Story by Riata Cummings Grayce Baxter is a rodeo athlete and senior at Lehi High School. She enjoys “all things medical” and is currently taking […]
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Meet the Members Tie-Down Ropers
stories by Ruth Nicolaus
Because of his brother’s influence, Kason Burgess got his start in rodeo.
Kason always liked to ride and help out on the ranch, but it was his big brother Lane, who passed away three years ago in an auto accident, who got him started. “He’s the one who got me into rodeoing,” Kason said.
Now the Utah High School Rodeo Association member is a tie-down roper and team roper who heels for Dayson Chambers.
Kason, who lives in St. George, completed his high school requirements in December and is working forty-plus hours a week as an electrician’s apprentice. He’s glad to be done with school a semester early, because even with overtime, he has more time to exercise horses and rope.
He’s spent some of his earnings on a stock trailer, and is now saving up for a second pickup. The pickup he now drives, his brother’s 1998 Dodge 2500, will be saved for just running around town and on weekends, and the new truck, when he gets it, will be used as a work truck.
This fall, Kason plans on attending Dixie Applied Technology College and getting his commercial electrician’s license.
Kason has qualified for state finals the last three years in both events, and went to the National High School Finals his freshman year, in the heeling. He has competed at Silver State the last two years.
He is the son of Sheila Burgess and Wally Burgess.
Brayden Rinderknecht is a roper in the Utah High School Rodeo Association.
The seventeen year old cowboy lives in Howell, Utah, just northwest of Tremonton, and between his two events of tie-down and team roping, considers tie-down his strength.
For the tie-down, he rides a twelve year old sorrel named Lucas. The horse was purchased as a yearling, and Brayden has headed off of him as well. He’s a “pretty sweet dude,” Brayden says. It took about two weeks to get the horse trained to head. “He’s really smart, and he has a really good personality.”
For the heading, he rides a fourteen year old gray named Snowflake, purchased from Brayden’s grandpa ten years ago.
Brayden is a senior at Bear River High School, where the best part of school is the friends he’s made. He spends the last two hours of each school day doing his internship with National Finals Rodeo steer wrestler and leather worker Baylor Roche. Brayden enjoys it a lot, and helps with making belts, headstalls, and chaps.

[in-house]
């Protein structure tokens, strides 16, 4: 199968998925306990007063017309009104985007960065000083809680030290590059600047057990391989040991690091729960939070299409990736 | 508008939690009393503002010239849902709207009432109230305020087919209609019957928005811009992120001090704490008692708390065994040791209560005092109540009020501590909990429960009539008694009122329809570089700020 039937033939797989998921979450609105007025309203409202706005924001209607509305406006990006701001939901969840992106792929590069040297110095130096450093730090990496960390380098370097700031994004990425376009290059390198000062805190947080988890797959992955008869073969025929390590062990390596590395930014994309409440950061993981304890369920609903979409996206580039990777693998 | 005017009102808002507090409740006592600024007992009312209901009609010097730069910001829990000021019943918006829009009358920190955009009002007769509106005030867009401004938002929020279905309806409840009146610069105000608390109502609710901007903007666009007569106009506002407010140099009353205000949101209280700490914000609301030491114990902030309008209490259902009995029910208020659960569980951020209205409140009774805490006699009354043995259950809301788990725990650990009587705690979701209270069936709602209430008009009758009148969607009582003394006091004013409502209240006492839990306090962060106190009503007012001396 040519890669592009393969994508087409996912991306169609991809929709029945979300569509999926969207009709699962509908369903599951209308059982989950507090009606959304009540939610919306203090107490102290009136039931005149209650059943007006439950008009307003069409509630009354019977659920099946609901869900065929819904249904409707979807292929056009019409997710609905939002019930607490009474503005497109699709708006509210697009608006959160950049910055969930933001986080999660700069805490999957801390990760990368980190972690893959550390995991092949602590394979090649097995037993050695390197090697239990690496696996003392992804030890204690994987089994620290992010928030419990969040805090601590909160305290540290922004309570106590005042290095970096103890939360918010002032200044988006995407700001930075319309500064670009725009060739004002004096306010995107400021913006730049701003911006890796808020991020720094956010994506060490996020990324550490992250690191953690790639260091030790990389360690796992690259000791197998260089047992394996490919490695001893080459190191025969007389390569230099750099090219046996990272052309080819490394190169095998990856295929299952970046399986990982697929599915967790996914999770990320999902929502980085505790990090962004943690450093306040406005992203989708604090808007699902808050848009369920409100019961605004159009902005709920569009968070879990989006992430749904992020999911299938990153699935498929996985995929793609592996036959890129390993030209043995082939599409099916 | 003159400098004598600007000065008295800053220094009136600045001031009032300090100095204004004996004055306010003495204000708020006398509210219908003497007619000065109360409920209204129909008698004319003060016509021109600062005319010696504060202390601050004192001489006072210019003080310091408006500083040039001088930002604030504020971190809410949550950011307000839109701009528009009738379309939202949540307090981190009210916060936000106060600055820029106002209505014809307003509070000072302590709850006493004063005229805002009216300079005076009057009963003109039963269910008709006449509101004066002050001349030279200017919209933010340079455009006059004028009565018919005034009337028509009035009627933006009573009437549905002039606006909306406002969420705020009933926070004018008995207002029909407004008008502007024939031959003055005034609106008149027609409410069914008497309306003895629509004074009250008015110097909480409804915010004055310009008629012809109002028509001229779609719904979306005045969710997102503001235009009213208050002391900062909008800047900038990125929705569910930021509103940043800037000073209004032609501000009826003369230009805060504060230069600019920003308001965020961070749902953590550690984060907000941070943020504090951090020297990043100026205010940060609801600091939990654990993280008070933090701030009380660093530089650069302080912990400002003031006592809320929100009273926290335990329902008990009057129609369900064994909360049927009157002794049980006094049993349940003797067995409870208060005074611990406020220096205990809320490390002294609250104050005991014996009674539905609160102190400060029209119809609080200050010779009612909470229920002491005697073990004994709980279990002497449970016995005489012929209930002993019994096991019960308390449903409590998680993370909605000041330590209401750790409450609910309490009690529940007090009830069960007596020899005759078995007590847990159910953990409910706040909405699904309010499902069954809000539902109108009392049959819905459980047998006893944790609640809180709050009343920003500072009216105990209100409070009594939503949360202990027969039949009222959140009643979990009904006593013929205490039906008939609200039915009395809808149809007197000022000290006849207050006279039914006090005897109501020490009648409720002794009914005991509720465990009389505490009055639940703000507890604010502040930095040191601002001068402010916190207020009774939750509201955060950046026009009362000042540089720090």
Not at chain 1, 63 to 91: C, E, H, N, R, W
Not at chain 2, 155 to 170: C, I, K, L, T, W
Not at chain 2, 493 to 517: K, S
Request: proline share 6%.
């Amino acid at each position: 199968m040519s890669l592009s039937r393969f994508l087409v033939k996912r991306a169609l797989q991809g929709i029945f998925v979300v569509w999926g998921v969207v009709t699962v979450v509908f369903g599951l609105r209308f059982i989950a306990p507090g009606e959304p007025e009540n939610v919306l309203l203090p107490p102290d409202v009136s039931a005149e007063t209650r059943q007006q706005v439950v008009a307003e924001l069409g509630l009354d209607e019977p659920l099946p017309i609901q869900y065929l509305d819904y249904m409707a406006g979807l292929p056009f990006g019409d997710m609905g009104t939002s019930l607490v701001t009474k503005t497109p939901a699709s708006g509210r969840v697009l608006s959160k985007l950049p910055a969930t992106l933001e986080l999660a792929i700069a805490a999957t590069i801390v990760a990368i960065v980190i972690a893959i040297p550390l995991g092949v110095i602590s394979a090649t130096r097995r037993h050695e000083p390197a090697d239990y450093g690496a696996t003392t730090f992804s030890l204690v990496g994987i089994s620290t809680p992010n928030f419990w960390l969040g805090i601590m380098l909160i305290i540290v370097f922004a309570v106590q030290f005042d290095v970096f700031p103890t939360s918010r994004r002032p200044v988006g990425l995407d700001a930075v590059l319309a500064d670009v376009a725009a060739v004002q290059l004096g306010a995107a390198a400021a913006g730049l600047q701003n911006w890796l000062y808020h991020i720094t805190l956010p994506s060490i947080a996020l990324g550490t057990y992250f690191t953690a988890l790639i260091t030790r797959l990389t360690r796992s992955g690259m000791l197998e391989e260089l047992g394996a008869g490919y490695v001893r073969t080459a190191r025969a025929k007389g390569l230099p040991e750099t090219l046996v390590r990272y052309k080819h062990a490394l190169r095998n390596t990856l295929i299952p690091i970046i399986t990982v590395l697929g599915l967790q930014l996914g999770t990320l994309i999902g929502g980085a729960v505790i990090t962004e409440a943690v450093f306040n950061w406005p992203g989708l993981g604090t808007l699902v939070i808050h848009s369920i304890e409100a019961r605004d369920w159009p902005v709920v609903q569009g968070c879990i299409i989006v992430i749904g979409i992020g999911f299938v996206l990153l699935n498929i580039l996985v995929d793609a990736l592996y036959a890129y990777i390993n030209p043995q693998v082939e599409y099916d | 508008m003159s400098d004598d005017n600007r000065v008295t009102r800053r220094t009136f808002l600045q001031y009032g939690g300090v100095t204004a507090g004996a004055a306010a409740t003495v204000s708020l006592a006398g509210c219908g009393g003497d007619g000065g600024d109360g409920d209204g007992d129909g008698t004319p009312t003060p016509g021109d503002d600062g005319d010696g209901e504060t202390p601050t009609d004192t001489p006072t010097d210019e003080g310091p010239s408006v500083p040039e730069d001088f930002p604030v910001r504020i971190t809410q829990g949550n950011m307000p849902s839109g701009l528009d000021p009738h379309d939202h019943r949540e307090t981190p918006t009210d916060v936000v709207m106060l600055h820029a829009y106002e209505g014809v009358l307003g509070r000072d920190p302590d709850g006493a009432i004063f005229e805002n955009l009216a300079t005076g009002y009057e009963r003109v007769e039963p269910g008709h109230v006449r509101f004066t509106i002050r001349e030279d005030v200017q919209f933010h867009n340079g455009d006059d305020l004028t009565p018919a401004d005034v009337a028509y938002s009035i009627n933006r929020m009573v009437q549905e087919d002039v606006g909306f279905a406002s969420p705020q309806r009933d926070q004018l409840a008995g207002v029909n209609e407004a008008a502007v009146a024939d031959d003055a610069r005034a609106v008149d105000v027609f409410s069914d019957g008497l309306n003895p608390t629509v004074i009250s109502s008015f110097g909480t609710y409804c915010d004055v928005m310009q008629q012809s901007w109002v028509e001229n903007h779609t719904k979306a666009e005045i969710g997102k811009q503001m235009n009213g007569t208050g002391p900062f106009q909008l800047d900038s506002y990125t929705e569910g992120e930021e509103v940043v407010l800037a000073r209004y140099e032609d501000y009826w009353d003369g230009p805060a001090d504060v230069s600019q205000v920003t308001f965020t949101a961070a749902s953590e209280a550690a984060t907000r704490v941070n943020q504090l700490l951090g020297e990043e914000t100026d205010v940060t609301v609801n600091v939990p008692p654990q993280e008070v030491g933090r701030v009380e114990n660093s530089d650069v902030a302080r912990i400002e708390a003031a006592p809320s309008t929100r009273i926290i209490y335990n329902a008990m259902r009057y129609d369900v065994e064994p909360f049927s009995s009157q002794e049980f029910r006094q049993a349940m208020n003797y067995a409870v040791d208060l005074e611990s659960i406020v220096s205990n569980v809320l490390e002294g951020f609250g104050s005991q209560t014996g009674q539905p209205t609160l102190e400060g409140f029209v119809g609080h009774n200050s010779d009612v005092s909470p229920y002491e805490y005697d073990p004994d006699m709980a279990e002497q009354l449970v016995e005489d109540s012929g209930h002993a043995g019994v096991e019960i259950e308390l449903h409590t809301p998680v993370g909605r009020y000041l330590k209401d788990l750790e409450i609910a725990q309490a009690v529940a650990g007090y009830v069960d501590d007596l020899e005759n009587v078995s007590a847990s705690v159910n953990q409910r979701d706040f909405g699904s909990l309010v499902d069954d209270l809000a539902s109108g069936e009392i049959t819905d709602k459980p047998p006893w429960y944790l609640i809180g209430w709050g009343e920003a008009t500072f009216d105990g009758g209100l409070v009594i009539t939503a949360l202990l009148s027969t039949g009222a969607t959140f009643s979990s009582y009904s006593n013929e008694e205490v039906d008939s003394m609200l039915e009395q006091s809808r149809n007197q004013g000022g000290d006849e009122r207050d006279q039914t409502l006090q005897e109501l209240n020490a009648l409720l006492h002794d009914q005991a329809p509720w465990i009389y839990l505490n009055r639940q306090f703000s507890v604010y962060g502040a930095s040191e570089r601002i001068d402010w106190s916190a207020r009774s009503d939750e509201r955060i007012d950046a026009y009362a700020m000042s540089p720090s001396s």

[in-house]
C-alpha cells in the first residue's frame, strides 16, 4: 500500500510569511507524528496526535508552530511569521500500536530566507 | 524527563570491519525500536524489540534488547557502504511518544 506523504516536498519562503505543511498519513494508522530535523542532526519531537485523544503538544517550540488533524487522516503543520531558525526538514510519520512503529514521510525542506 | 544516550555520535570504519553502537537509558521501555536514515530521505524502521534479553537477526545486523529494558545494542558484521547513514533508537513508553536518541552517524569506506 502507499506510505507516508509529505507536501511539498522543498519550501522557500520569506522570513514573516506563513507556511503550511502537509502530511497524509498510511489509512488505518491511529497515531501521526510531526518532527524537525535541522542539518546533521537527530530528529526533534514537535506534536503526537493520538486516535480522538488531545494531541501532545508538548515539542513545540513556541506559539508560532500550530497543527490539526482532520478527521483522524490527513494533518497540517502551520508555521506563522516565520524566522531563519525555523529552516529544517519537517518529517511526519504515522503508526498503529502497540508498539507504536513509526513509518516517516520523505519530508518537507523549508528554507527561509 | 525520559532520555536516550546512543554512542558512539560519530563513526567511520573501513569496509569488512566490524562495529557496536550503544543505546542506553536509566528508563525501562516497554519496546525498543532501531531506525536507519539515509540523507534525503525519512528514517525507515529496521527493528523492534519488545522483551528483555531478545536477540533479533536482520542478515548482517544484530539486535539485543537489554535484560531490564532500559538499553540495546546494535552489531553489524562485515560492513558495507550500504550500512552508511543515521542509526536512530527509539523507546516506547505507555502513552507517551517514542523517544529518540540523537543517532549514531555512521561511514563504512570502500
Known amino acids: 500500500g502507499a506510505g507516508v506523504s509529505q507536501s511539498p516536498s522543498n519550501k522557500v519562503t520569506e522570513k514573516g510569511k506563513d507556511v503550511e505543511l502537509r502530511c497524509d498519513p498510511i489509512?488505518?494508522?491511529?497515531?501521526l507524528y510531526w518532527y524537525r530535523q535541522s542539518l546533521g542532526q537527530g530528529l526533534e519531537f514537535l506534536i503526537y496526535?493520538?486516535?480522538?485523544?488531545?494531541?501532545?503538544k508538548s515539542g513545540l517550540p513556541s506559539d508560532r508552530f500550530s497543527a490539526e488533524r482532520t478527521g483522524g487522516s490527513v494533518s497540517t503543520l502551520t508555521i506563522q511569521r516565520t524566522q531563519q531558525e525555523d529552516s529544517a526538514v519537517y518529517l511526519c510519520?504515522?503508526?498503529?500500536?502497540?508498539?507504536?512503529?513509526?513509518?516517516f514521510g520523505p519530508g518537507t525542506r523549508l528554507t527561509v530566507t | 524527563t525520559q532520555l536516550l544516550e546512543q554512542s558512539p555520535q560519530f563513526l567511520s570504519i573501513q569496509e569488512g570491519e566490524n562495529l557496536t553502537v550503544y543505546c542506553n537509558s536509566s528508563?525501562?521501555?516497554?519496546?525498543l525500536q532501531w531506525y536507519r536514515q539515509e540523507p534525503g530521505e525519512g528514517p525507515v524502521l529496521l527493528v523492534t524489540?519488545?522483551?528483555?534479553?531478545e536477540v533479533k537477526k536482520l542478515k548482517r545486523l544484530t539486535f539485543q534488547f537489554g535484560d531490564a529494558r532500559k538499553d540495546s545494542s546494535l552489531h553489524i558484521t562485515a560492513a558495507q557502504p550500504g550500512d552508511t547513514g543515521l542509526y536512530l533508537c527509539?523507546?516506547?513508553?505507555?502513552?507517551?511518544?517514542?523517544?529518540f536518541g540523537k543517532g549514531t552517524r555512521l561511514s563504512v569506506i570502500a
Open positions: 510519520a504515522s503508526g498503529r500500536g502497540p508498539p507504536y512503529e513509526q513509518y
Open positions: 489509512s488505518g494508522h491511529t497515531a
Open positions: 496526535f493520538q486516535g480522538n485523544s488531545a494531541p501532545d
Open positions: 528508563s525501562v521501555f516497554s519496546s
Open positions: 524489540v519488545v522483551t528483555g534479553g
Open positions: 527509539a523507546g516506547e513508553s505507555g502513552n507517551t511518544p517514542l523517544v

Brayden is a member of FFA and loves to hunt and fish.
After high school, he will take a two year mission trip then hopes to attend helicopter flight school.
He has competed at state finals in 2014 and 2015 in both events, and competed at Silver State in 2015.
He has a younger brother, Coleden, who is his heeler, and an older sister, Sarie. He is the son of Thad and Mati Rinderknecht.
Gates Hadley is the 2015 Utah High School Rodeo Association Tie-down Roping champion.
The Ogden, Utah cowboy also team ropes, and of his two events, prefers the tie-down.
For the tie-down, he rides two horses, both eleven years old: Joe Dirt, a gray horse, and a sorrel named Jaguar. Joe Dirt was raised and trained by Gates and his dad. His heel horse is a bay named Jack.
Gates is a senior at Fremont High School. He attends community college as well, and is working on machining classes, which he enjoys. Depending on how many classes he takes each semester, he could attain his machining degree in a year and a half.
For fun, Gates likes to hunt mule deer and watch football. The Denver Broncos are his favorite team, and he likes to watch their backup quarterback Brock Osweiler.
Gates has finished every year of his high school rodeo career in the top ten in the state for the tie-down, and in the top twenty in the team roping. He qualified for Nationals last year and in sixth and eighth grade. He heels for Taylor Boren.
He has an older sister, McKale, who did very well in high school rodeo.
He is the son of Sid and Wendy Hadley.